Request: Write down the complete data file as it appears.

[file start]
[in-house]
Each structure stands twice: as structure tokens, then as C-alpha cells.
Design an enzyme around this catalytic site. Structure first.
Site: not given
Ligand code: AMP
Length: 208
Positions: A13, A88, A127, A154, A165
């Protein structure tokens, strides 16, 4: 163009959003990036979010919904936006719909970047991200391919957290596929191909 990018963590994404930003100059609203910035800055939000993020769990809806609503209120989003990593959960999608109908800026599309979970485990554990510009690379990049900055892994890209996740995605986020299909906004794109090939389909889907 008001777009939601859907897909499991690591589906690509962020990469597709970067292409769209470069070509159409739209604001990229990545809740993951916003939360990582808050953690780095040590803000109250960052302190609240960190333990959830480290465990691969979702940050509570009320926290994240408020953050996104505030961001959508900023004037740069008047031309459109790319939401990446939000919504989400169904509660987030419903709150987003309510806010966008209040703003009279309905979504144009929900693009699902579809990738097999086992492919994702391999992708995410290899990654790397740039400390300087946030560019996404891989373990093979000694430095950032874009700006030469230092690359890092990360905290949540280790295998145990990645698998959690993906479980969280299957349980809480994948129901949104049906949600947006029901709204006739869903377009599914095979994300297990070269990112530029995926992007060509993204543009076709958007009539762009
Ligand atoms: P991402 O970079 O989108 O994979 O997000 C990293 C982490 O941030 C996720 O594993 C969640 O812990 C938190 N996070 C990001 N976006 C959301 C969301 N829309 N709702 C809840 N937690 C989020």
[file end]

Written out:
[in-house]
Each structure stands twice: as structure tokens, then as C-alpha cells.
Design an enzyme around this catalytic site. Structure first.
Site: not given
Ligand code: AMP
Length: 208
Positions: A13, A88, A127, A154, A165
């Protein structure tokens, strides 16, 4: 163009959003990036979010919904936006719909970047991200391919957290596929191909 990018963590994404930003100059609203910035800055939000993020769990809806609503209120989003990593959960999608109908800026599309979970485990554990510009690379990049900055892994890209996740995605986020299909906004794109090939389909889907 008001777009939601859907897909499991690591589906690509962020990469597709970067292409769209470069070509159409739209604001990229990545809740993951916003939360990582808050953690780095040590803000109250960052302190609240960190333990959830480290465990691969979702940050509570009320926290994240408020953050996104505030961001959508900023004037740069008047031309459109790319939401990446939000919504989400169904509660987030419903709150987003309510806010966008209040703003009279309905979504144009929900693009699902579809990738097999086992492919994702391999992708995410290899990654790397740039400390300087946030560019996404891989373990093979000694430095950032874009700006030469230092690359890092990360905290949540280790295998145990990645698998959690993906479980969280299957349980809480994948129901949104049906949600947006029901709204006739869903377009599914095979994300297990070269990112530029995926992007060509993204543009076709958007009539762009
Ligand atoms: P991402 O970079 O989108 O994979 O997000 C990293 C982490 O941030 C996720 O594993 C969640 O812990 C938190 N996070 C990001 N976006 C959301 C969301 N829309 N709702 C809840 N937690 C989020």